This course examines contemporary diasporic voices and imaginaries within English Canadian cinema. We will thus investigate how cultural policies and institutions like the National Film Board have directly impacted multicultural screen practices and resulted in ambivalent articulations of national identity. This seminar examines contemporary forms of technological intimacy, drawing on approaches from digital media, cultural theory, feminist science and technology studies, and disability studies, among other fields. This course situates established approaches to the study of film sound within broader questions about the relationships between sound, society, and the environment central to sound studies across disciplines.
The field of acoustic ecology is used to reframe core issues in film sound theory and to provide an interdisciplinary model for how the study of film sound can become part of larger conversations about media and the environment in the humanities. Acoustic ecology has developed a rich set of conceptual tools for thinking about the relationship between sound and human experience within specific geographical locales. In this course we explore how these tools and problems can be made equally productive for charting sonic pathways through the emerging field of ecocinema studies.
Screenings across a range of genres, cultural contexts, and historical periods are paired with literature from film studies, cultural studies, communications, musicology, and critical geography. These texts provide an interdisciplinary environment through which to listen for the ways in which films can help us navigate the current state of environmentalist discourse, while also challenging key tenets of acoustic ecology and film sound theory alike. This course delineates the multiple lives of video and its cultural, social and political impact through infrastructures created by VHS tapes, VCD and DVD culture, and streaming and mobile platforms.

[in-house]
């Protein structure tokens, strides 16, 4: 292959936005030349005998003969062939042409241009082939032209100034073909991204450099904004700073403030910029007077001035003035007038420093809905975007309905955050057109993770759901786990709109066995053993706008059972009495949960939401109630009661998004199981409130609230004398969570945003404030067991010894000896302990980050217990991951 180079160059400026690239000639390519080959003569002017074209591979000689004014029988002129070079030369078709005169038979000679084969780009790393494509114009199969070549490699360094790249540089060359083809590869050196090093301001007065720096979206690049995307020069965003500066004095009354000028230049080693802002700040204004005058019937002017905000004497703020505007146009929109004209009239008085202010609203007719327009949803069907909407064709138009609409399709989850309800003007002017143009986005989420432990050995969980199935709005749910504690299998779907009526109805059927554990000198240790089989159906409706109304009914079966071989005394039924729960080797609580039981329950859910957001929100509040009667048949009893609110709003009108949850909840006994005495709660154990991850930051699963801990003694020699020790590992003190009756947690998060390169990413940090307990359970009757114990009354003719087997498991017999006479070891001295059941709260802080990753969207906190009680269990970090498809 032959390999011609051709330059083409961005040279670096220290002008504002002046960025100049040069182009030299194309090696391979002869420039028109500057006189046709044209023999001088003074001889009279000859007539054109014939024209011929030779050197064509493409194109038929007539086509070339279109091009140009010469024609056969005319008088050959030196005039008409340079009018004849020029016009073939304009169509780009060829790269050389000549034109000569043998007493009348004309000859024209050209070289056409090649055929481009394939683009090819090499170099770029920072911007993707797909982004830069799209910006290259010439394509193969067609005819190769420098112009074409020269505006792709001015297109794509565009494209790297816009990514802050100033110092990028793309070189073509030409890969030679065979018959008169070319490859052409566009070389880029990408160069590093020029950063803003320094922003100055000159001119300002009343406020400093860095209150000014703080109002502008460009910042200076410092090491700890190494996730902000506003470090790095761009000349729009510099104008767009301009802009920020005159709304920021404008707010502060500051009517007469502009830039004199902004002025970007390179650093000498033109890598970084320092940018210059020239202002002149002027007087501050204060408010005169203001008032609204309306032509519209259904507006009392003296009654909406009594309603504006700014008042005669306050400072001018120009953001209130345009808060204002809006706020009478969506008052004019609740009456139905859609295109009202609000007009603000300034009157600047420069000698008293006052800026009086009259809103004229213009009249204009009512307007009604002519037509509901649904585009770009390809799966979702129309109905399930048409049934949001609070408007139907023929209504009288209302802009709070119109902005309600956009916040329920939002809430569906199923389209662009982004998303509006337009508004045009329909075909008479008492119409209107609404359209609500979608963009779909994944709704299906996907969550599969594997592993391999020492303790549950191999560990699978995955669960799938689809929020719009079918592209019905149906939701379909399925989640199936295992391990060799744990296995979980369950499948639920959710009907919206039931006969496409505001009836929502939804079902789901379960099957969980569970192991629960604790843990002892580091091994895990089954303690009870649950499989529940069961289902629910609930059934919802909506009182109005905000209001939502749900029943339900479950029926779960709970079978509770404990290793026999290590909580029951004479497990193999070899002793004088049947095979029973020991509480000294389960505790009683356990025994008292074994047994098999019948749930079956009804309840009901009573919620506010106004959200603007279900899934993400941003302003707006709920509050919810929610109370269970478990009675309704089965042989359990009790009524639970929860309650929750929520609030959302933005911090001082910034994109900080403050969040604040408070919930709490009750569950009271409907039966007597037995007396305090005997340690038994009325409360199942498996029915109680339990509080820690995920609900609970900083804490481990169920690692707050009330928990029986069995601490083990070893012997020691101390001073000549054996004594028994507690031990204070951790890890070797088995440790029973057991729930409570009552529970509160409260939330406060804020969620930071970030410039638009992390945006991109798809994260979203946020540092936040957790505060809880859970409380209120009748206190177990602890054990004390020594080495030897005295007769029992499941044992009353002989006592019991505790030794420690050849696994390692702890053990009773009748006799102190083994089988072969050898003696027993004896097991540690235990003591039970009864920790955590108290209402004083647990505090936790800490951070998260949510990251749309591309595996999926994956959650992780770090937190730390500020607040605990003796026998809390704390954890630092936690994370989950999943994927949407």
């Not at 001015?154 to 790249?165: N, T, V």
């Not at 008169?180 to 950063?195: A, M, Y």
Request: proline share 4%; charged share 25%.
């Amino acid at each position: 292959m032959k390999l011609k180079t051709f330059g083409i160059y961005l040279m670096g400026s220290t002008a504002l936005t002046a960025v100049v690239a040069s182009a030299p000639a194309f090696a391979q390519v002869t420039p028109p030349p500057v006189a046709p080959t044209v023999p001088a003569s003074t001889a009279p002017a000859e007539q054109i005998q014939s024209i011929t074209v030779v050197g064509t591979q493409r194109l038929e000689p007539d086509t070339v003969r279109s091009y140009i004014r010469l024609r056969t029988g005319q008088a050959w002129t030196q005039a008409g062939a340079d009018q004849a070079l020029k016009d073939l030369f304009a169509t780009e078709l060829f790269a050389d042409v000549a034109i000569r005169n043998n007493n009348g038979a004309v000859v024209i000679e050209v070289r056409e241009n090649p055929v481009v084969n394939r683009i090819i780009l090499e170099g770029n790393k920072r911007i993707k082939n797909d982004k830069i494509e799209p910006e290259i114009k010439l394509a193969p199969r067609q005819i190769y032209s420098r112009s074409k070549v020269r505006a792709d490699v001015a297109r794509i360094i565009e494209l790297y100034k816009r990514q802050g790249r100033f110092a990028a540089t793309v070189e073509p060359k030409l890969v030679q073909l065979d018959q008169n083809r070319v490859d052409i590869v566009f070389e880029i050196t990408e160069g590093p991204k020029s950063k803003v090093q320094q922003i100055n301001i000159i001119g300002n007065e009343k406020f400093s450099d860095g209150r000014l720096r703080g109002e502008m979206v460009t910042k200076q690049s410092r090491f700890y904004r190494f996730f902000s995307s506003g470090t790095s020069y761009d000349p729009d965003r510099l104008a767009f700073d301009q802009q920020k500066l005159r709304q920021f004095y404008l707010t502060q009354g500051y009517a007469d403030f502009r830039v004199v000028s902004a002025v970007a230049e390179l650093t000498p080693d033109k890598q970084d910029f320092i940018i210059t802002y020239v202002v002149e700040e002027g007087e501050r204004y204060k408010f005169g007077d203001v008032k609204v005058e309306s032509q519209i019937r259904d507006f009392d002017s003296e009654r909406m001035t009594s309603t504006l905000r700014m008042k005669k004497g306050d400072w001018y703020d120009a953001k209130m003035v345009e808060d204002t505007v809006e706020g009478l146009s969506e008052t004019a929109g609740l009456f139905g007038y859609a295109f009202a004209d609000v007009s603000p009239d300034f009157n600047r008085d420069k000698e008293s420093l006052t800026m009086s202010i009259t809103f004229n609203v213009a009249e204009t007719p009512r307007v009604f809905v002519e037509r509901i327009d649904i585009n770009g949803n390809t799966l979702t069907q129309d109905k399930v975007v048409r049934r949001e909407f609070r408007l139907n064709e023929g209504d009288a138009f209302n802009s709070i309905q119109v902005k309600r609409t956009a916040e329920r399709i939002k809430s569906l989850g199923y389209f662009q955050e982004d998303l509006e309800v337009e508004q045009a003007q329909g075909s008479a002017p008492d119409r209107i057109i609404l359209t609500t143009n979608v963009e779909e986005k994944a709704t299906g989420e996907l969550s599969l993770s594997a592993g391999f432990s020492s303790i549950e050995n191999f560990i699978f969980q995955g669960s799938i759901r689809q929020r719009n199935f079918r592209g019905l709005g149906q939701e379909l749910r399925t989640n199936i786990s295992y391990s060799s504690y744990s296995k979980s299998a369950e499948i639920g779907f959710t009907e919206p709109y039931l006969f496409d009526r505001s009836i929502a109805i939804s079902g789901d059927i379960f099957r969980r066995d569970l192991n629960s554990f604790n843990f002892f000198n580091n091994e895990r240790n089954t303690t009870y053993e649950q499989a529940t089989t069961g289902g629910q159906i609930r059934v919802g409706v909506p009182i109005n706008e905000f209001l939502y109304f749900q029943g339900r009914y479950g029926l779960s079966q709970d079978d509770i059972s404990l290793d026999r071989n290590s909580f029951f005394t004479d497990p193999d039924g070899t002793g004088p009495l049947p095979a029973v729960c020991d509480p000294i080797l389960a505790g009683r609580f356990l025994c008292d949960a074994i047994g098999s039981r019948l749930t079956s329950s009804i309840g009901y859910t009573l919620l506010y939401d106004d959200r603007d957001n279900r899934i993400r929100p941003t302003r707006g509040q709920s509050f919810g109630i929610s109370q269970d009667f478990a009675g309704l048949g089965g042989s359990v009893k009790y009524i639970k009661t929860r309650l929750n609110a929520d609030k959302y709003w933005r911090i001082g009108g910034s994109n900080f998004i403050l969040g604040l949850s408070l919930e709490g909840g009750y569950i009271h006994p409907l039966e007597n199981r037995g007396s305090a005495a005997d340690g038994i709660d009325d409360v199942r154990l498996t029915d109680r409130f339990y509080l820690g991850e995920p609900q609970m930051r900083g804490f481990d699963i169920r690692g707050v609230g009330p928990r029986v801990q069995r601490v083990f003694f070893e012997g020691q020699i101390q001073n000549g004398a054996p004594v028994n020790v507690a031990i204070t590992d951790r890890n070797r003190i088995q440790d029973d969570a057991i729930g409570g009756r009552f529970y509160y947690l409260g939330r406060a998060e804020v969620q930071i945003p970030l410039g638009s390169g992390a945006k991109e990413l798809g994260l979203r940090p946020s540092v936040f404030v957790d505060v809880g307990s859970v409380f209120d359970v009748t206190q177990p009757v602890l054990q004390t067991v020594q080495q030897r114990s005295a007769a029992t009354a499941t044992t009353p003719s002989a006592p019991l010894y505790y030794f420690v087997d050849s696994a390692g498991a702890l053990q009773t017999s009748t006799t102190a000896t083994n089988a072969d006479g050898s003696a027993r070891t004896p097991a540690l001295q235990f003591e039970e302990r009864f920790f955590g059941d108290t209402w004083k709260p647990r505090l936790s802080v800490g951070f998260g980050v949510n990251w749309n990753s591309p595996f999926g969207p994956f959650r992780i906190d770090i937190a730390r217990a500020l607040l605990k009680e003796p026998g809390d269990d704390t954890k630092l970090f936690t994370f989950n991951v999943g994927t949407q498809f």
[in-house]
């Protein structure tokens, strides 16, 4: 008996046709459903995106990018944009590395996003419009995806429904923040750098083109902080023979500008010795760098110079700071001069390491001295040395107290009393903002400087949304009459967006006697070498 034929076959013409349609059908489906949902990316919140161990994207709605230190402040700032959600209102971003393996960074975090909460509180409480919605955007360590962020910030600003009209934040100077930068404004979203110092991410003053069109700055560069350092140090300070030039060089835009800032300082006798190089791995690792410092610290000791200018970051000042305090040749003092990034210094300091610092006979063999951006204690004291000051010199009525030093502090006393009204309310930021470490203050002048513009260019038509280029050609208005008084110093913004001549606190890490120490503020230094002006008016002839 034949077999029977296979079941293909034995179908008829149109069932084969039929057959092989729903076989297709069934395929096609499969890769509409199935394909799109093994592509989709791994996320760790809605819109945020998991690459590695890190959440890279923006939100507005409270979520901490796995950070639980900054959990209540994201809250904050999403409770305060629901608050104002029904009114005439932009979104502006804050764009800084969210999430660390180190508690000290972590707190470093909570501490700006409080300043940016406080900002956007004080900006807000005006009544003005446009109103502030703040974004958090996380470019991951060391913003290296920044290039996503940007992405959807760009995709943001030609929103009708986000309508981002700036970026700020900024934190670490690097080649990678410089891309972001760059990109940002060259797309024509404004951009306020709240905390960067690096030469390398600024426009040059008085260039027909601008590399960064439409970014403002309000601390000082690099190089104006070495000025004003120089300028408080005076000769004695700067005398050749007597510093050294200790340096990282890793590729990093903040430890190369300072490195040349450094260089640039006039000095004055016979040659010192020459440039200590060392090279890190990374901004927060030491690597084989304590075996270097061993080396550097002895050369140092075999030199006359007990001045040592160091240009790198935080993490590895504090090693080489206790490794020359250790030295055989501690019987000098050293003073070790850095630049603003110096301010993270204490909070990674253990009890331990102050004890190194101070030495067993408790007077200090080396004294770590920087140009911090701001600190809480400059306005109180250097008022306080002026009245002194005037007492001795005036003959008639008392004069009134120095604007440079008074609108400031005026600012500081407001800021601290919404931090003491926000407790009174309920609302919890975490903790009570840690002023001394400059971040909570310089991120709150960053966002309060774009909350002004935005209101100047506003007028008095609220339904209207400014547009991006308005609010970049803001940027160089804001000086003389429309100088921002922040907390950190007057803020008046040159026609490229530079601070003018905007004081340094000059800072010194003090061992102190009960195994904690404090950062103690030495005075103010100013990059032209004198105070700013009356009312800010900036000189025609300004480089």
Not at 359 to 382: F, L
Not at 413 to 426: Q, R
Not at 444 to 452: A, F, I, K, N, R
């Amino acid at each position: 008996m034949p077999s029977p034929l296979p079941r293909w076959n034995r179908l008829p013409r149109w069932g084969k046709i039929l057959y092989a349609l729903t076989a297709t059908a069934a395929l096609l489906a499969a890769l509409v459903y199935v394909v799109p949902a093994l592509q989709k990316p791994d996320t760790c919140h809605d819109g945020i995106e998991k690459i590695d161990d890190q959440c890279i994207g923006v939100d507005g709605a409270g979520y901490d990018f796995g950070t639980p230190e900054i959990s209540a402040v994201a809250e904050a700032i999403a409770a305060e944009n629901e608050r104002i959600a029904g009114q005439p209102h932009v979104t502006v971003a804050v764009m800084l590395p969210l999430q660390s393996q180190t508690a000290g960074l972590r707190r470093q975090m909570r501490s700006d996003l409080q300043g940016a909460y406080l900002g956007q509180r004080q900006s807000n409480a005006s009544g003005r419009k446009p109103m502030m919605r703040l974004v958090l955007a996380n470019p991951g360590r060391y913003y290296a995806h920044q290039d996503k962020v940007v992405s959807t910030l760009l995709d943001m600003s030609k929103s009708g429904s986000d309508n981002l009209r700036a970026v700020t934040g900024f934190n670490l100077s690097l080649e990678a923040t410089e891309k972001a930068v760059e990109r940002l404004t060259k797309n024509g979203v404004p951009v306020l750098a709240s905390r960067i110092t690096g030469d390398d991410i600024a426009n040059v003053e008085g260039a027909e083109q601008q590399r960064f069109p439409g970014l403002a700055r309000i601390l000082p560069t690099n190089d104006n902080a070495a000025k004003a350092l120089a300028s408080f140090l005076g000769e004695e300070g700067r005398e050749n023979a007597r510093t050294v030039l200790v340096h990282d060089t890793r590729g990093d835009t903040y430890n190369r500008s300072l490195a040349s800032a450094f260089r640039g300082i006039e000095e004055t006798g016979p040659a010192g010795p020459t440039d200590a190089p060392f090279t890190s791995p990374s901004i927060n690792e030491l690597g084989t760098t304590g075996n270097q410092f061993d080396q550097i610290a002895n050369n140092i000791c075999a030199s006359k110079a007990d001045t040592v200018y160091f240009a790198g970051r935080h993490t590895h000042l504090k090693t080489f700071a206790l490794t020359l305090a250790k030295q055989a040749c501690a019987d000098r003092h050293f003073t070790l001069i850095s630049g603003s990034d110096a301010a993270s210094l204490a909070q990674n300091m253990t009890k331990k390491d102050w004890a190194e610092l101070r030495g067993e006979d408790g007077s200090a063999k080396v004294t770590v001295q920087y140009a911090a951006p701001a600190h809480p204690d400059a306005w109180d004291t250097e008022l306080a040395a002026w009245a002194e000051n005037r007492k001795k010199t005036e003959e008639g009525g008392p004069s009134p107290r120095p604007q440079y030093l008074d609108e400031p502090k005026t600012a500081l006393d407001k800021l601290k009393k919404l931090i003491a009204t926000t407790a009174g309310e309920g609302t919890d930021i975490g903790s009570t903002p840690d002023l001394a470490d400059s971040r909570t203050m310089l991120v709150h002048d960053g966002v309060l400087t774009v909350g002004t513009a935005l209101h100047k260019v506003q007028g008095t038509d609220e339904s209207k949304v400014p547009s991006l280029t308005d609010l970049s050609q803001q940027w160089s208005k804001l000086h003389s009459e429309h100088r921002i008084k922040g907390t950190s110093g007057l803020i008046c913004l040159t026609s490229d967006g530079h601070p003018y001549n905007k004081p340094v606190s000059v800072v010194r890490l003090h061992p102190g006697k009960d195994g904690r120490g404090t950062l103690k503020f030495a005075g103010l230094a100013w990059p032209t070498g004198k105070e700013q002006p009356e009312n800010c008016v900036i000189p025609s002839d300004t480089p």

It focuses on issues and forms distinct to each technological apparatus such as the emergence of the video nasties in the global north, local entertainment industries spurred by VCD culture in the global south, and DIY aesthetics and whatsapp videos of the digital age. Through an examination of the poetics of infrastructure, the course will map and traverse the landscape of bootlegging, piracy, local media cultures and the forensic imagination. Deploying the lens of video, the course will address the issues of media infrastructures vis-a- vis the post cinematic imagination.
While it is critical that we debate video as a post cinematic apparatus, it is equally necessary that we place front and centre certain discussions from the global south piracy as access, localized video cultures, doctored videos and the crowd if only to comprehend infrastructural politics and poetics of the medium s. This seminar will focus on some of the major figures of what is now referred to as "Classical Film Theory". The course is addressed first and foremost to students interested in the history of film theory and the development of ideas about film from the silent period to the s.
Classical Film Theory concerns a period in the study of the cinema that pre-dates the full-blown emergence of a discipline of films studies; one that, for the most part, precedes the development of a film studies curriculum in universities, the emergence of specialized academic journals, the rise of professional film studies associations, etc. Lectures will situate the different theories in their intellectual context. This seminar explores the formation and circulation of the category of queer of color and its relatives—such as queer diaspora and queer Indigeneity—and their significance for studying film and media.
Of especial interest will be how queer of color audiences and mediamakers have responded to hegemonic constructions of race, gender and sexuality through practices of critical spectatorship and production. This seminar will introduce students to some key concepts in the field of postcolonial theory in relation to cinema and other media practices.